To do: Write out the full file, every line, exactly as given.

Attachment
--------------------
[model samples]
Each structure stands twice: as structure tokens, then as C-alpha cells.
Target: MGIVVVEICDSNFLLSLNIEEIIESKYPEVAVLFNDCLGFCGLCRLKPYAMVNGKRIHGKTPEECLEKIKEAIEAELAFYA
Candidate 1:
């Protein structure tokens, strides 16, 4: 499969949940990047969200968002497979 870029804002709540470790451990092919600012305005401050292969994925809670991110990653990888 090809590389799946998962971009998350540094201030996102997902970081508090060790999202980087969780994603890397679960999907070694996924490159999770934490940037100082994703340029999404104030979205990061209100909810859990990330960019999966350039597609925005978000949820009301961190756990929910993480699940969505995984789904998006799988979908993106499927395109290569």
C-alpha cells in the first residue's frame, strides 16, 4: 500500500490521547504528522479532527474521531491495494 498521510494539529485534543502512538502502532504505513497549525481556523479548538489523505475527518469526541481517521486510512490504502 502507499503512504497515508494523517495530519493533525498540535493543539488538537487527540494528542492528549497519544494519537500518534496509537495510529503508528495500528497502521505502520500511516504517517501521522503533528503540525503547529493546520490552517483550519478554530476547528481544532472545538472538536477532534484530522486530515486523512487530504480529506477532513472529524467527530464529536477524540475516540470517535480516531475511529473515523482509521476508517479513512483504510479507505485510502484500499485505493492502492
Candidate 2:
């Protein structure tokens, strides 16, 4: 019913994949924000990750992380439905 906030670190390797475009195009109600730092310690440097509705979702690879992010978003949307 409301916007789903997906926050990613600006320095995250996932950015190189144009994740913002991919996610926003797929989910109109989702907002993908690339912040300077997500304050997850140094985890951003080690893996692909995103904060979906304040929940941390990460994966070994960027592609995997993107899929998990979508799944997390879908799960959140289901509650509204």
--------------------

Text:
[model samples]
Each structure stands twice: as structure tokens, then as C-alpha cells.
Target: MGIVVVEICDSNFLLSLNIEEIIESKYPEVAVLFNDCLGFCGLCRLKPYAMVNGKRIHGKTPEECLEKIKEAIEAELAFYA
Candidate 1:
């Protein structure tokens, strides 16, 4: 499969949940990047969200968002497979 870029804002709540470790451990092919600012305005401050292969994925809670991110990653990888 090809590389799946998962971009998350540094201030996102997902970081508090060790999202980087969780994603890397679960999907070694996924490159999770934490940037100082994703340029999404104030979205990061209100909810859990990330960019999966350039597609925005978000949820009301961190756990929910993480699940969505995984789904998006799988979908993106499927395109290569």
C-alpha cells in the first residue's frame, strides 16, 4: 500500500490521547504528522479532527474521531491495494 498521510494539529485534543502512538502502532504505513497549525481556523479548538489523505475527518469526541481517521486510512490504502 502507499503512504497515508494523517495530519493533525498540535493543539488538537487527540494528542492528549497519544494519537500518534496509537495510529503508528495500528497502521505502520500511516504517517501521522503533528503540525503547529493546520490552517483550519478554530476547528481544532472545538472538536477532534484530522486530515486523512487530504480529506477532513472529524467527530464529536477524540475516540470517535480516531475511529473515523482509521476508517479513512483504510479507505485510502484500499485505493492502492
Candidate 2:
């Protein structure tokens, strides 16, 4: 019913994949924000990750992380439905 906030670190390797475009195009109600730092310690440097509705979702690879992010978003949307 409301916007789903997906926050990613600006320095995250996932950015190189144009994740913002991919996610926003797929989910109109989702907002993908690339912040300077997500304050997850140094985890951003080690893996692909995103904060979906304040929940941390990460994966070994960027592609995997993107899929998990979508799944997390879908799960959140289901509650509204």